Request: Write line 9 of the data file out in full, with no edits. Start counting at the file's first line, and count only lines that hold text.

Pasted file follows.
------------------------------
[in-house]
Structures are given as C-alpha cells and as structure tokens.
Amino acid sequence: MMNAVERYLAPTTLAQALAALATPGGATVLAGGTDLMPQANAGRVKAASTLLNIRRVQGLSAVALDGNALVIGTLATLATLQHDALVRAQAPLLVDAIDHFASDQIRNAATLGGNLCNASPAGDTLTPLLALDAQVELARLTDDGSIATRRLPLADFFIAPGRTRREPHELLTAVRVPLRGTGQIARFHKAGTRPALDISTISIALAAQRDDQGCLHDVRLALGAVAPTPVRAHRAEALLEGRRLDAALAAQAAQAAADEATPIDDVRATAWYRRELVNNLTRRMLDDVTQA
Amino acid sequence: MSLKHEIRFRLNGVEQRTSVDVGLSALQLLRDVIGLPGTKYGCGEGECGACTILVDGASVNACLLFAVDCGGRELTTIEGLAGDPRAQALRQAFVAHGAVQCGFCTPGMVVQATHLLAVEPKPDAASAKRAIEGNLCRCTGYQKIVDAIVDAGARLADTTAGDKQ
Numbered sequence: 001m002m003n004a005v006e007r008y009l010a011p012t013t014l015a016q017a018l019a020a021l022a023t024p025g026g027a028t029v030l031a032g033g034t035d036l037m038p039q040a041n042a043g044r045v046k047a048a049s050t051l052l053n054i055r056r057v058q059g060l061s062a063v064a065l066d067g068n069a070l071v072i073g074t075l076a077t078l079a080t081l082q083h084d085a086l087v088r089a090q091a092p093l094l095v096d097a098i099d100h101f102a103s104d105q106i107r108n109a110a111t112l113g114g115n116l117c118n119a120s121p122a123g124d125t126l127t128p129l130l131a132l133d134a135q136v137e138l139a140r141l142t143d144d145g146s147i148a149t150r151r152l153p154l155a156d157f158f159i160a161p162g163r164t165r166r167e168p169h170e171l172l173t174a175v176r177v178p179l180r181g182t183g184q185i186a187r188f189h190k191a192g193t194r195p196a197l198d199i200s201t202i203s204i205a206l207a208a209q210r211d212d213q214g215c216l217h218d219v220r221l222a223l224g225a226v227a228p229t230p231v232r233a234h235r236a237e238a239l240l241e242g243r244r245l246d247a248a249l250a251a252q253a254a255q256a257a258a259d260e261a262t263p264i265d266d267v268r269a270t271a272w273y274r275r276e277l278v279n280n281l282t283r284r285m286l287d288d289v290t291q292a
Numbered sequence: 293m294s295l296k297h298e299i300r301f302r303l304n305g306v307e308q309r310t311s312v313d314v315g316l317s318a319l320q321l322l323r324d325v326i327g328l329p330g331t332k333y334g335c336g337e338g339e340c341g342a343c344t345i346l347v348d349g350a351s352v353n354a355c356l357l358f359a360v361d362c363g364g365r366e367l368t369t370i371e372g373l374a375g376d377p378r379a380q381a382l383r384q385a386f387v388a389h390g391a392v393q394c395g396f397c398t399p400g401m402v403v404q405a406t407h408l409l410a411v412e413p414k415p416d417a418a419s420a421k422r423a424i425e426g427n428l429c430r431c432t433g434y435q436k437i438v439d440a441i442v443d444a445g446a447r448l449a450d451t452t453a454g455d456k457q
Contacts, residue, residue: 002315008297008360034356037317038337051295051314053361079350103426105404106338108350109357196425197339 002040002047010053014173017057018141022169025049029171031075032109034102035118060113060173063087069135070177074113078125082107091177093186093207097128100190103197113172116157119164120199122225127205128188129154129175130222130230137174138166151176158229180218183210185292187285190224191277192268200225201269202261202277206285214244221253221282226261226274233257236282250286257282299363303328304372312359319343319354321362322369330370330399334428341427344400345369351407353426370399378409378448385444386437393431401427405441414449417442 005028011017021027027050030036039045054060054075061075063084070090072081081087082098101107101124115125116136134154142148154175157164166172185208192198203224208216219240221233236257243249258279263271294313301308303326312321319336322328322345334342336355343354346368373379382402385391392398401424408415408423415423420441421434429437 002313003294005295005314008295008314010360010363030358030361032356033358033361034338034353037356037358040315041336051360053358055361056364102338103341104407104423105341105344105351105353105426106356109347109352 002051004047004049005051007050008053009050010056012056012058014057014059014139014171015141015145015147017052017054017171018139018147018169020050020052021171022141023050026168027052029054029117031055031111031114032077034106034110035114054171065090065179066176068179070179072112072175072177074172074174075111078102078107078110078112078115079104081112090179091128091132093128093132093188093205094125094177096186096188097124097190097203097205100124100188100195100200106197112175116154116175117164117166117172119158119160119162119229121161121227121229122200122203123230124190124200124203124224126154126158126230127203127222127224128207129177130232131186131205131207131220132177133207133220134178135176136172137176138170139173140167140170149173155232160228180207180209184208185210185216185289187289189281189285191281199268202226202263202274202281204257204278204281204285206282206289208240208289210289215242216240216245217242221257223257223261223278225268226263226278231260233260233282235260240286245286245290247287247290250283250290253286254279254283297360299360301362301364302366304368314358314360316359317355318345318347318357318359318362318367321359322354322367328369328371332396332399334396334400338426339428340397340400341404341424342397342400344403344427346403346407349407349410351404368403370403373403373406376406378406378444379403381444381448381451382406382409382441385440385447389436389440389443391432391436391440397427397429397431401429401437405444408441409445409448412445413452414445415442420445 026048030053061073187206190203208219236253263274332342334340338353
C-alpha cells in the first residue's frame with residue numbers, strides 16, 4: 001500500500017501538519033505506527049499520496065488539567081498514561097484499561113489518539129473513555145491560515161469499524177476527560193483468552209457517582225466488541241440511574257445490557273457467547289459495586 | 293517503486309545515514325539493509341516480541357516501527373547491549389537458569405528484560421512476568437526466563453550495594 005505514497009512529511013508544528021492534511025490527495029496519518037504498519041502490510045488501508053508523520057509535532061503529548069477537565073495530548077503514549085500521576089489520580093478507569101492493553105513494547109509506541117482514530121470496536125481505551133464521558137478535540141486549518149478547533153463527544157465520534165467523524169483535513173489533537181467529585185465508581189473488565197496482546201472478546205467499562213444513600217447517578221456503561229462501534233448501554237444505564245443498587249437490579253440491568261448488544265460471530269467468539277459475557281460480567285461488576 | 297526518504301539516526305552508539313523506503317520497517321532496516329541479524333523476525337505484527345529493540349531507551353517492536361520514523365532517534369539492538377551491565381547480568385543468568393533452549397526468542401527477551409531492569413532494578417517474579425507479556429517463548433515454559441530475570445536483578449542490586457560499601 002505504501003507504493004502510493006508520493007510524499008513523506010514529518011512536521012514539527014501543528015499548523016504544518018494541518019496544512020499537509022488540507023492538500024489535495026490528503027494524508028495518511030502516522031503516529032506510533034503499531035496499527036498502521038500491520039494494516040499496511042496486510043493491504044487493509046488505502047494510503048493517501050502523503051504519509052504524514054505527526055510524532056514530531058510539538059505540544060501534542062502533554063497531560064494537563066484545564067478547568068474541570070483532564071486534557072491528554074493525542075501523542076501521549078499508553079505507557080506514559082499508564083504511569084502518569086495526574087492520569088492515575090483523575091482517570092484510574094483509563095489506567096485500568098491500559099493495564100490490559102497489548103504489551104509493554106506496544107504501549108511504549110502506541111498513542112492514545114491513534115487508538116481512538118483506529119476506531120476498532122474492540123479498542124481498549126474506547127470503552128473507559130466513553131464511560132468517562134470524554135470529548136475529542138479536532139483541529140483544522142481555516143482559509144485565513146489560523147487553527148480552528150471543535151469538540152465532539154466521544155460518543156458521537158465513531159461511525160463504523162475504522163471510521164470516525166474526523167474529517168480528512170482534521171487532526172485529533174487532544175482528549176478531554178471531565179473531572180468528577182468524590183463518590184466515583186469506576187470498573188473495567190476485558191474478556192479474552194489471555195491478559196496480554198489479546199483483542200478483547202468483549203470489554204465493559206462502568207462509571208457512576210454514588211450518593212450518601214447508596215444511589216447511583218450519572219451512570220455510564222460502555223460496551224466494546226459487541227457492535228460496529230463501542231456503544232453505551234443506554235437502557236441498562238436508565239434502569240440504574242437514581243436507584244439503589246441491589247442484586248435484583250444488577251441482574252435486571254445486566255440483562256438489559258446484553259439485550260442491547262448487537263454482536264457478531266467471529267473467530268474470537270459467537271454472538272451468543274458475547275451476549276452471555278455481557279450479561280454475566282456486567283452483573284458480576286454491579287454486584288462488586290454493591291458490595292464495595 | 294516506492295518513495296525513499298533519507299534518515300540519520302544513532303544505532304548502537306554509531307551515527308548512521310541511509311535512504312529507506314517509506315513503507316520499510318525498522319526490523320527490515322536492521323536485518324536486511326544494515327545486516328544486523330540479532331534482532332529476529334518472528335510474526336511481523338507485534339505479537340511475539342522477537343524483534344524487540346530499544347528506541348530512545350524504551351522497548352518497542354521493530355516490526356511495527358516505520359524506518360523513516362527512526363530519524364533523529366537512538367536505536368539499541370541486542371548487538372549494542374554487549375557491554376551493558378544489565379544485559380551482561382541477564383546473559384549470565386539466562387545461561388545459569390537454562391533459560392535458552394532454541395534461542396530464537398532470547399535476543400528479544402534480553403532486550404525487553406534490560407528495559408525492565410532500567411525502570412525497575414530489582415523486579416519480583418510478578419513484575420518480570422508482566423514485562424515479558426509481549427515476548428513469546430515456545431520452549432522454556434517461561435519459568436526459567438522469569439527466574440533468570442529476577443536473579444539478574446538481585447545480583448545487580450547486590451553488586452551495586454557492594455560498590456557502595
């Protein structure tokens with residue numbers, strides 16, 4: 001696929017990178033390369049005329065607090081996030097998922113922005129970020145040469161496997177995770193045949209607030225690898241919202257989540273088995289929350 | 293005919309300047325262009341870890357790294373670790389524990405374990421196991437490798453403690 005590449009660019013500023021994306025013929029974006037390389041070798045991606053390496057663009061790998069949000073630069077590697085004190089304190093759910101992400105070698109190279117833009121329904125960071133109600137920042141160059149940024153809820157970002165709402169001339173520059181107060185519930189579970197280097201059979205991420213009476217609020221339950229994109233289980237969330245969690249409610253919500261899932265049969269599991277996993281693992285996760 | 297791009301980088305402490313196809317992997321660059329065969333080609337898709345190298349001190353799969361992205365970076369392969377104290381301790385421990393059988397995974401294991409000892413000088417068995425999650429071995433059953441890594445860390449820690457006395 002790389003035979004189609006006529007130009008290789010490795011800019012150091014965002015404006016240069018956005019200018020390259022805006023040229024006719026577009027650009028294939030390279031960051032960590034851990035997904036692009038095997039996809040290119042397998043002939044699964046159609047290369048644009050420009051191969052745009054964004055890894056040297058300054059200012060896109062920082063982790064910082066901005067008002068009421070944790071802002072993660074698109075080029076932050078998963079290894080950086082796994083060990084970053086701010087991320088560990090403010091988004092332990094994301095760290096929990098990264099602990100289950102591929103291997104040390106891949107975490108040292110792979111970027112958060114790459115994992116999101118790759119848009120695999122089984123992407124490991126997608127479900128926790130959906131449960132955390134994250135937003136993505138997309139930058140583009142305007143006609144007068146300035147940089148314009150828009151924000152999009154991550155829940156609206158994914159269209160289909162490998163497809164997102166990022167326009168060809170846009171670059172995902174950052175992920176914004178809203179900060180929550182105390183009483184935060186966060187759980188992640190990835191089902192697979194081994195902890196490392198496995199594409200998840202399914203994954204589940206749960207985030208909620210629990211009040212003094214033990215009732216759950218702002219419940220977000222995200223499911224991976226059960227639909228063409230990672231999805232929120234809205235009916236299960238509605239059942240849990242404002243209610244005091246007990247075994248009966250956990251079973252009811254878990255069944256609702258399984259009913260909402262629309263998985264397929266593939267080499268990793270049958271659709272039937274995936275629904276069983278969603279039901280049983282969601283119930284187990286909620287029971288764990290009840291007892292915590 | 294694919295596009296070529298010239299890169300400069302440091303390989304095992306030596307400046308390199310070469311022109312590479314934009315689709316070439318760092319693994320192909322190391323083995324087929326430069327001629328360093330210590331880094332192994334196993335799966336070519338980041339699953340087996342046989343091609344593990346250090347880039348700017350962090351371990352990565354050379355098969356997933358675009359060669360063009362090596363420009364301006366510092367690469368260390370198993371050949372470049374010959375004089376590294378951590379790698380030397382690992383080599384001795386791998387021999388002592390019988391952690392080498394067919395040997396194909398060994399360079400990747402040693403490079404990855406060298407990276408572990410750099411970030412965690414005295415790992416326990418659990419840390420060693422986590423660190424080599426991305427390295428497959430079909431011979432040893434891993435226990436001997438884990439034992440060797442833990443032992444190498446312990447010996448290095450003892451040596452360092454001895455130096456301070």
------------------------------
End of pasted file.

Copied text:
């Protein structure tokens with residue numbers, strides 16, 4: 001696929017990178033390369049005329065607090081996030097998922113922005129970020145040469161496997177995770193045949209607030225690898241919202257989540273088995289929350 | 293005919309300047325262009341870890357790294373670790389524990405374990421196991437490798453403690 005590449009660019013500023021994306025013929029974006037390389041070798045991606053390496057663009061790998069949000073630069077590697085004190089304190093759910101992400105070698109190279117833009121329904125960071133109600137920042141160059149940024153809820157970002165709402169001339173520059181107060185519930189579970197280097201059979205991420213009476217609020221339950229994109233289980237969330245969690249409610253919500261899932265049969269599991277996993281693992285996760 | 297791009301980088305402490313196809317992997321660059329065969333080609337898709345190298349001190353799969361992205365970076369392969377104290381301790385421990393059988397995974401294991409000892413000088417068995425999650429071995433059953441890594445860390449820690457006395 002790389003035979004189609006006529007130009008290789010490795011800019012150091014965002015404006016240069018956005019200018020390259022805006023040229024006719026577009027650009028294939030390279031960051032960590034851990035997904036692009038095997039996809040290119042397998043002939044699964046159609047290369048644009050420009051191969052745009054964004055890894056040297058300054059200012060896109062920082063982790064910082066901005067008002068009421070944790071802002072993660074698109075080029076932050078998963079290894080950086082796994083060990084970053086701010087991320088560990090403010091988004092332990094994301095760290096929990098990264099602990100289950102591929103291997104040390106891949107975490108040292110792979111970027112958060114790459115994992116999101118790759119848009120695999122089984123992407124490991126997608127479900128926790130959906131449960132955390134994250135937003136993505138997309139930058140583009142305007143006609144007068146300035147940089148314009150828009151924000152999009154991550155829940156609206158994914159269209160289909162490998163497809164997102166990022167326009168060809170846009171670059172995902174950052175992920176914004178809203179900060180929550182105390183009483184935060186966060187759980188992640190990835191089902192697979194081994195902890196490392198496995199594409200998840202399914203994954204589940206749960207985030208909620210629990211009040212003094214033990215009732216759950218702002219419940220977000222995200223499911224991976226059960227639909228063409230990672231999805232929120234809205235009916236299960238509605239059942240849990242404002243209610244005091246007990247075994248009966250956990251079973252009811254878990255069944256609702258399984259009913260909402262629309263998985264397929266593939267080499268990793270049958271659709272039937274995936275629904276069983278969603279039901280049983282969601283119930284187990286909620287029971288764990290009840291007892292915590 | 294694919295596009296070529298010239299890169300400069302440091303390989304095992306030596307400046308390199310070469311022109312590479314934009315689709316070439318760092319693994320192909322190391323083995324087929326430069327001629328360093330210590331880094332192994334196993335799966336070519338980041339699953340087996342046989343091609344593990346250090347880039348700017350962090351371990352990565354050379355098969356997933358675009359060669360063009362090596363420009364301006366510092367690469368260390370198993371050949372470049374010959375004089376590294378951590379790698380030397382690992383080599384001795386791998387021999388002592390019988391952690392080498394067919395040997396194909398060994399360079400990747402040693403490079404990855406060298407990276408572990410750099411970030412965690414005295415790992416326990418659990419840390420060693422986590423660190424080599426991305427390295428497959430079909431011979432040893434891993435226990436001997438884990439034992440060797442833990443032992444190498446312990447010996448290095450003892451040596452360092454001895455130096456301070």